It’s crazy how people are doing these scams and trying to get some benefit out of the lives we’ve lived – Former Miss Utah and National Gaurdswoman Jill Stevens
SALT LAKE CITY — A national trend in online scammers impersonating members of the armed services has prompted the Utah National Guard to issue a warning of caution in online transactions.
Maj. Bruce Roberts, a spokesman for the Utah National Guard, said he gets a call each month — one as recently as Monday — where someone is fraudulently portraying themselves as a Guard member online. Usually, he said, a seller will be offering an incredible deal on a car on websites like Craigslist or KSL.com, saying they're willing to discount the price for a rushed transaction before they're deployed overseas.
He said the sellers provide false contact information and use untraceable email addresses for correspondence. They have also been known to create elaborate and convincing backstories, sometimes using the identities of active servicemen.
"We've seen that same scam perpetuate over and over," Roberts said. "We haven't had any luck with who's trying to do this."
While the car scam is the most common in Utah — or at least the one most frequently reported to the Utah National Guard — false servicemen and servicewomen have become increasingly common in spam emails and so-called "romance scams" on social networking and dating sites. Former Miss Utah and National Gaurdswoman Jill Stevens has had her identity used several times.
"I think the vehicle scam is an easier one to pull," Roberts said. "If someone is claiming to be a member of the Utah National Guard and offering a great deal and it seems fishy, they should definitely call us."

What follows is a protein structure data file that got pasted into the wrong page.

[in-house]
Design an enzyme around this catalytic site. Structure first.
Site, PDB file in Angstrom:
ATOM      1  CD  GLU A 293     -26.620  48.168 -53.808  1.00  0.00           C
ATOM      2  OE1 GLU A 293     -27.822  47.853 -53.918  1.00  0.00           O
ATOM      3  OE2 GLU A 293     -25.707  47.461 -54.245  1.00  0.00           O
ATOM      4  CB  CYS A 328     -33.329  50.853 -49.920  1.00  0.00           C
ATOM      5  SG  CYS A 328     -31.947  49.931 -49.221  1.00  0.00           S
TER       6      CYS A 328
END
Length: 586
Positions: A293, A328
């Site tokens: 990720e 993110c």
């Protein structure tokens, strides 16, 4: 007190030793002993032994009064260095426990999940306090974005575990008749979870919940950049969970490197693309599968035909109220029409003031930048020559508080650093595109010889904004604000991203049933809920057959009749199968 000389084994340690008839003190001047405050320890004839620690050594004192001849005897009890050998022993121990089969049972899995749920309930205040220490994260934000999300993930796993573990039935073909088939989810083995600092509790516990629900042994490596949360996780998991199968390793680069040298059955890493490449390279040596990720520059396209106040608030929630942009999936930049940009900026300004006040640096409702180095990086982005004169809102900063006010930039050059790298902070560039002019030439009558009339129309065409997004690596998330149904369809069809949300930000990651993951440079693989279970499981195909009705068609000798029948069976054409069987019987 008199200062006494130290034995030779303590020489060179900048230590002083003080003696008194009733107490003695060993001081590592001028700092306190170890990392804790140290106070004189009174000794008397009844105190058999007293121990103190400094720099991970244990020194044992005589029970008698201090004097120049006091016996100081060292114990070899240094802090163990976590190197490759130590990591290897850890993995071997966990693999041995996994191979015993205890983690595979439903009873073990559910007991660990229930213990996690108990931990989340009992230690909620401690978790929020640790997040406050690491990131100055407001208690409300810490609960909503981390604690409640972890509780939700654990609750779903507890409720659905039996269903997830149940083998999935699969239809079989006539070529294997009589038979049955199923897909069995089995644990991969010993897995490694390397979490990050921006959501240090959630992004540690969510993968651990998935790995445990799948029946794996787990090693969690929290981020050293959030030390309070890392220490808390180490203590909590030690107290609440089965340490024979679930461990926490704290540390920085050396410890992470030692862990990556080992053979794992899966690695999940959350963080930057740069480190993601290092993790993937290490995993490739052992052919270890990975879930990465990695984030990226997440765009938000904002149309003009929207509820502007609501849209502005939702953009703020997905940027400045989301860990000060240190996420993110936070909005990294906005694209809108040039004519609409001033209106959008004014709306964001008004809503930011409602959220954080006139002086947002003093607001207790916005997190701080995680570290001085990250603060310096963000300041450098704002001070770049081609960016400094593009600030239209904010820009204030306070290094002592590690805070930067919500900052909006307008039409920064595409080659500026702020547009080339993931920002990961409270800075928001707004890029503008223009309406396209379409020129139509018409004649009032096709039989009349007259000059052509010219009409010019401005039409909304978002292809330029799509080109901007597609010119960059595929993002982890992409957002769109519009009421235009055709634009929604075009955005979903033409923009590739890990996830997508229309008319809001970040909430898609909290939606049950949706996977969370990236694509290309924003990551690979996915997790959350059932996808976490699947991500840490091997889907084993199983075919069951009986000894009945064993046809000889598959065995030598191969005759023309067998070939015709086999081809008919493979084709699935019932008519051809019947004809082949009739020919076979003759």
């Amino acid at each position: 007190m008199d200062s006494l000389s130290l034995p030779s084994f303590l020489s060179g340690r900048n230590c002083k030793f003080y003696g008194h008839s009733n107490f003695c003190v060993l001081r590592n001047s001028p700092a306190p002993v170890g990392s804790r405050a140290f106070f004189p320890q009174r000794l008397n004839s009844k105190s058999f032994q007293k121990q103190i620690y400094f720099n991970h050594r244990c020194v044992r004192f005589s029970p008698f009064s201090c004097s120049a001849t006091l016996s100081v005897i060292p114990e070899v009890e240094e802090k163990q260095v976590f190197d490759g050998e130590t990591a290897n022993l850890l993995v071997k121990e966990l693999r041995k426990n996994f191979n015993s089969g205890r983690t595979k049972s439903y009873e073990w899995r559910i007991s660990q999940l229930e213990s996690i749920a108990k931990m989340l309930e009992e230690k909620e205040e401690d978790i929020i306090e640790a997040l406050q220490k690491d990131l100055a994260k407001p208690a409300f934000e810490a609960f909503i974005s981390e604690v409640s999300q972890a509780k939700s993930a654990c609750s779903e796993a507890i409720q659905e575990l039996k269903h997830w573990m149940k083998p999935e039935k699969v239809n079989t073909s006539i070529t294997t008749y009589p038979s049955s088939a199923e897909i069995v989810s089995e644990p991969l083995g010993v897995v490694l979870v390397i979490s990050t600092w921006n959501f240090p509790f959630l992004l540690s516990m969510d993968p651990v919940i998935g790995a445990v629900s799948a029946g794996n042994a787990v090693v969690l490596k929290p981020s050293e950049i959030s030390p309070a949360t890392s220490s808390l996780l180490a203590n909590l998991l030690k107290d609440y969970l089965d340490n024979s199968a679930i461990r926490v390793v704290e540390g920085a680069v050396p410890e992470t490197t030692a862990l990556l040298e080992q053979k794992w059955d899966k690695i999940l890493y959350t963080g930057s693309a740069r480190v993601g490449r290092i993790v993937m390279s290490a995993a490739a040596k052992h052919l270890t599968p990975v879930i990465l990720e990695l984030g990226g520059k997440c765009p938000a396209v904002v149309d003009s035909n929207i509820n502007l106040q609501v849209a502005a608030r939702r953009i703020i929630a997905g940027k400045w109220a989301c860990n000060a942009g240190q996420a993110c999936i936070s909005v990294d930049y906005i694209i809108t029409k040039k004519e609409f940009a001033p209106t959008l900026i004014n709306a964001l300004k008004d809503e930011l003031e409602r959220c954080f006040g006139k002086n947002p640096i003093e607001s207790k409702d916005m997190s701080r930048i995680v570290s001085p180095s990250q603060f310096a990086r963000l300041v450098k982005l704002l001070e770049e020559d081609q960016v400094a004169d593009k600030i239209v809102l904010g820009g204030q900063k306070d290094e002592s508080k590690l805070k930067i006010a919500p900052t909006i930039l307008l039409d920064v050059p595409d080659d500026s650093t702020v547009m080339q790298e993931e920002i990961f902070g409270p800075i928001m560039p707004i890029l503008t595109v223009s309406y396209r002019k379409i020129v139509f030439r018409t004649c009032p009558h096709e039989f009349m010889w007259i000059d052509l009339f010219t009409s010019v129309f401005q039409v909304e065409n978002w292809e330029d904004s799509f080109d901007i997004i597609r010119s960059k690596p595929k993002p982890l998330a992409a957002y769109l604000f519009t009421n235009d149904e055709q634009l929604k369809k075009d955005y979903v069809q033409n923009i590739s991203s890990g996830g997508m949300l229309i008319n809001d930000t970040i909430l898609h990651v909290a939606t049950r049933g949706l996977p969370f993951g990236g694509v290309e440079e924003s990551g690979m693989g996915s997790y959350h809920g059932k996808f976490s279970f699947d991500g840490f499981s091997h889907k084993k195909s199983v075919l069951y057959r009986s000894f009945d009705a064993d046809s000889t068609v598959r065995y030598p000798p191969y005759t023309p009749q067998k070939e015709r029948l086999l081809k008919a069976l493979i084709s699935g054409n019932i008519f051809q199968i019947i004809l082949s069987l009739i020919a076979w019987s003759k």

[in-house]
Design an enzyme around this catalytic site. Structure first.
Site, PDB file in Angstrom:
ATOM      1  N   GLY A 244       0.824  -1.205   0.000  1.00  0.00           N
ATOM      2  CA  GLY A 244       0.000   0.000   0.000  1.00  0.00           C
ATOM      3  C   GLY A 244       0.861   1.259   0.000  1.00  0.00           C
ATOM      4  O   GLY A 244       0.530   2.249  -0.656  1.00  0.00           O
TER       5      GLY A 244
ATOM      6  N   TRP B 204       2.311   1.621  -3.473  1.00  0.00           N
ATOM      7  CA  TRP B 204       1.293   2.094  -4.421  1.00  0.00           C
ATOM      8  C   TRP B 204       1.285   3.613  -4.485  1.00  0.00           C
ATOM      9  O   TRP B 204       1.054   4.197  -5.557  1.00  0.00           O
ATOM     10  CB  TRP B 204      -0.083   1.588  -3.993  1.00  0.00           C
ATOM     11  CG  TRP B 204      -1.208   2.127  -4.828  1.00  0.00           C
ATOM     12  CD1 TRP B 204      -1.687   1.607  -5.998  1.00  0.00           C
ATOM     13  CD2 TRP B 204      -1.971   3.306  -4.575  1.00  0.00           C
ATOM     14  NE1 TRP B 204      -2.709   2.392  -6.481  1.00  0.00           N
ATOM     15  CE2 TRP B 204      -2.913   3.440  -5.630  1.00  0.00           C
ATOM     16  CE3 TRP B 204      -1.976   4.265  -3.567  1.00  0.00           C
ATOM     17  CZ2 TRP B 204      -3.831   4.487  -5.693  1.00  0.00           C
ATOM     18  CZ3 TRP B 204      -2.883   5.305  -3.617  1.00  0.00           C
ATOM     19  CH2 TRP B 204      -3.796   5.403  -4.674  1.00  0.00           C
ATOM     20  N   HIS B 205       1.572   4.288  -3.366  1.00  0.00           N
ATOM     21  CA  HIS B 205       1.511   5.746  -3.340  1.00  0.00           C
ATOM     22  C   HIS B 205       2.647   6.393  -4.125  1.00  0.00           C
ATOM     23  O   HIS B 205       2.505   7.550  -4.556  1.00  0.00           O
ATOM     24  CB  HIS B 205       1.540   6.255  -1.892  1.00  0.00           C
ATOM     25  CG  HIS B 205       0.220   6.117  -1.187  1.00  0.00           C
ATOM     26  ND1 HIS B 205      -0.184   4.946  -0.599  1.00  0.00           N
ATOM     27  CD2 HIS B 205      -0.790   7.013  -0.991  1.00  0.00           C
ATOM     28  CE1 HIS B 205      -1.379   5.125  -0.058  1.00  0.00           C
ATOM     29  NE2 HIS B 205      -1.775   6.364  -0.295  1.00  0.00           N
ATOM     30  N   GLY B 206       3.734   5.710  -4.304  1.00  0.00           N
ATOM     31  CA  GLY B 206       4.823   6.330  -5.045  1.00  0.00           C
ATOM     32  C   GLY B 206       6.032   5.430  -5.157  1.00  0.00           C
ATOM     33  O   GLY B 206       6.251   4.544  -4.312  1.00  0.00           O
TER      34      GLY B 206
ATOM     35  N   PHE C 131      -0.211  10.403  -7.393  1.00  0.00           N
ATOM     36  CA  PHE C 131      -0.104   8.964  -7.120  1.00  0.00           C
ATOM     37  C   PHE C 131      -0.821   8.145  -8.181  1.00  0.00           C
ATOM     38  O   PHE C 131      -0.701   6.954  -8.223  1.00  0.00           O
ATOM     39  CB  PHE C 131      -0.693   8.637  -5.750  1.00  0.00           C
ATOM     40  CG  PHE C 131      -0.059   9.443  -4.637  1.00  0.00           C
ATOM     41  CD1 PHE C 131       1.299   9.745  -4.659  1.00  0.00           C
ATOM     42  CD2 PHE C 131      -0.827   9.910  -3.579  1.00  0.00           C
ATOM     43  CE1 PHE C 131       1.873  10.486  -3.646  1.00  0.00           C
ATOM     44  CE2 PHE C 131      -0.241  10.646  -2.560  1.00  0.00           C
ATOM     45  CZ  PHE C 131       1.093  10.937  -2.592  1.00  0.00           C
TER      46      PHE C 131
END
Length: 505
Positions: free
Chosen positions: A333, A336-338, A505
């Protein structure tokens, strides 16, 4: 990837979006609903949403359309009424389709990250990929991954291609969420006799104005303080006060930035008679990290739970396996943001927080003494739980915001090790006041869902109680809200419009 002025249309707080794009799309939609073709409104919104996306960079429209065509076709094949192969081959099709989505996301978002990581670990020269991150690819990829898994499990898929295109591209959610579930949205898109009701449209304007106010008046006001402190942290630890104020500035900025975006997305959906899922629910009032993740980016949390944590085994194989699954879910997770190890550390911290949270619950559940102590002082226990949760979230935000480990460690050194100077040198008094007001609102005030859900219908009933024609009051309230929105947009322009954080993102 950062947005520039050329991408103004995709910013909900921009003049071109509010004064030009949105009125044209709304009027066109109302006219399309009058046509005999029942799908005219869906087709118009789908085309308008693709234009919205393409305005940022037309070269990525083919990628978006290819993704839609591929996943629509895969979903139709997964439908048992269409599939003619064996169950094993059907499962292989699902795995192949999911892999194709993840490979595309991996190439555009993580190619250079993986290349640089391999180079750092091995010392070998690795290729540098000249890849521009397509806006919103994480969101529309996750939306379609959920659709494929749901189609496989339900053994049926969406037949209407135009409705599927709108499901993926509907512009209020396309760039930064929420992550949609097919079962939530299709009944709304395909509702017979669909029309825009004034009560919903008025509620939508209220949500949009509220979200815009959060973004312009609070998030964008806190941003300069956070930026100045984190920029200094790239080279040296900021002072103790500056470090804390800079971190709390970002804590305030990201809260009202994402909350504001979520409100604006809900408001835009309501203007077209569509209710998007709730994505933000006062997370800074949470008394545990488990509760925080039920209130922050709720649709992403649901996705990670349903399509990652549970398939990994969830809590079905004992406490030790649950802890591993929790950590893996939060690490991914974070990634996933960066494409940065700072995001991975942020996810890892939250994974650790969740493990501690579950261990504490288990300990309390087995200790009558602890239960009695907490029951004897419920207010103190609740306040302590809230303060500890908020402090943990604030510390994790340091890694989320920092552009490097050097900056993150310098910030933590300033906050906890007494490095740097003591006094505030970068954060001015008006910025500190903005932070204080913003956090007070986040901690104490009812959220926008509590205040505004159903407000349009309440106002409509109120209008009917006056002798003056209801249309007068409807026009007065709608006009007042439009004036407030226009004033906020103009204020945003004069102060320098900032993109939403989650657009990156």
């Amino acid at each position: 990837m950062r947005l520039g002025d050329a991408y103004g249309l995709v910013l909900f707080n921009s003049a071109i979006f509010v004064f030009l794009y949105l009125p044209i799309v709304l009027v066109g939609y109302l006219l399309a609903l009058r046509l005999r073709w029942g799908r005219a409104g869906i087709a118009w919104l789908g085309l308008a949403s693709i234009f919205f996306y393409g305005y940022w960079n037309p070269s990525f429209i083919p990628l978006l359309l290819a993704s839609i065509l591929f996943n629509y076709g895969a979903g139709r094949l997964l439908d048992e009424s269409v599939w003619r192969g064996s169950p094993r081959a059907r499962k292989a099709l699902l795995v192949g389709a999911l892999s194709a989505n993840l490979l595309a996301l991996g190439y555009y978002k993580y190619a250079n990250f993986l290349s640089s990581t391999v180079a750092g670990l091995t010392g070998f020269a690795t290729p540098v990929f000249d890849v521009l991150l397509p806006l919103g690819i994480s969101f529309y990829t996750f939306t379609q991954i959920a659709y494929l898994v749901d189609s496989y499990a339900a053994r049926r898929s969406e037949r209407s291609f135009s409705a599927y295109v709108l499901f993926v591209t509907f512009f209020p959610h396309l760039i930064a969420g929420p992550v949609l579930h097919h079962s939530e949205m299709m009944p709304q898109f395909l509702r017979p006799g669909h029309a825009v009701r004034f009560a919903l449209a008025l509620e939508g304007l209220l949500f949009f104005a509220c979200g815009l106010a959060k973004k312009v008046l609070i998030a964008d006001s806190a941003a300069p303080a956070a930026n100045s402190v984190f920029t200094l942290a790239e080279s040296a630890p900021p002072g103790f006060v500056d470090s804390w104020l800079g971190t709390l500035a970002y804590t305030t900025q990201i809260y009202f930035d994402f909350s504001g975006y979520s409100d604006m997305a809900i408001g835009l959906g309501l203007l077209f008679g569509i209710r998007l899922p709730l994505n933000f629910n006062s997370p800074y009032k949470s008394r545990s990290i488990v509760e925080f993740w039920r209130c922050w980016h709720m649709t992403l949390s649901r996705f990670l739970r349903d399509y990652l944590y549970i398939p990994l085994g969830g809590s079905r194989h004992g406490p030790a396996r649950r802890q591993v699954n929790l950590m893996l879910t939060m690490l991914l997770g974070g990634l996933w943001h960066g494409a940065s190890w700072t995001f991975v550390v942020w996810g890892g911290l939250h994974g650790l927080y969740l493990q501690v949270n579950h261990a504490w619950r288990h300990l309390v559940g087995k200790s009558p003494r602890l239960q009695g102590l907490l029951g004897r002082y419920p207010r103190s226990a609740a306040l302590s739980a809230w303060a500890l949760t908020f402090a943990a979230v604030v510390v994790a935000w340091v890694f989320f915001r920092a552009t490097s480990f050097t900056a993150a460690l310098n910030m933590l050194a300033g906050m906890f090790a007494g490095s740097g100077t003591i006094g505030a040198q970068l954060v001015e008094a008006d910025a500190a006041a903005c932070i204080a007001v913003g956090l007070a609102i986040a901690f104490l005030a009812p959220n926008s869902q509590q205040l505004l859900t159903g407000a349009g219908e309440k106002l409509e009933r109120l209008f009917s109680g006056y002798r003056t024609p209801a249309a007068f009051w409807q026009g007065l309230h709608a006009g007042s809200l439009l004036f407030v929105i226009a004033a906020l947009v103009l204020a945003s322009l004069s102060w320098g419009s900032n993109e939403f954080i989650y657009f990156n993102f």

Stevens, who now works at Primary Children's Medical Center after finishing her term with the Utah National Guard, said she first became aware of people using her identity last year. In the beginning it was relatively harmless Facebook profiles. But in the last two months, she said multiple men have contacted her, heartbroken, who were under the impression that they were in an online relationship with her.
"I feel horrible how they're using me," Stevens said. "I really feel sick."
Initially, she said she hated that the profiles' poor grammar gave the impression that she was unintelligent. When the scams became more serious, however, she said she was offended that someone would use her time in the military, which was motivated by a desire to do good, for deception.
"It's crazy how people are doing these scams and trying to get some benefit out of the lives we've lived," Stevens said. Other people she served with have also had their identities used. None of the scam victims who contacted her had reached a point where they were asked for money.
Nationally, there has been a rise in military romance scams, where a relationship is developed online and in time the scammer requests money for help with their expenses. Often, scammers will use photographs, service history and background information of actual servicemen and servicewomen in creating their persona. After establishing a relationship, the scammer will say they need help paying a fee to apply for things like leaves of absence to visit or to have the ability to make phone calls from where they are stationed.
Springville resident Art Deyo said, at least for his inbox, the soldier with money is the new Nigerian prince. He said over the past five years he's received around 25 different emails from fictitious soldiers overseas who need help laundering their discovered millions or are requesting donations for the treatment of their injuries. Even though he recognizes them immediately as scams, he said he often plays along, "scamming the scammer."
"It drives my wife crazy but I'll go along with the scam the whole time," he said.
Deyo admits that it's entertaining to see the lengths scammers will go to when they think he's interested — from excessive correspondence to mailing bogus checks to prove their story. But he also said that by stringing them along, he hopes they have less time to target more vulnerable individuals.
"They only need one sucker," Deyo said.
Roberts said that because of the respect and admiration that people feel for those who serve in the armed services, they're more willing to enter into a transaction sight-unseen than they normally would be.
"That's the real tragedy here," he said. "People are preying on other people's inherent patriotism."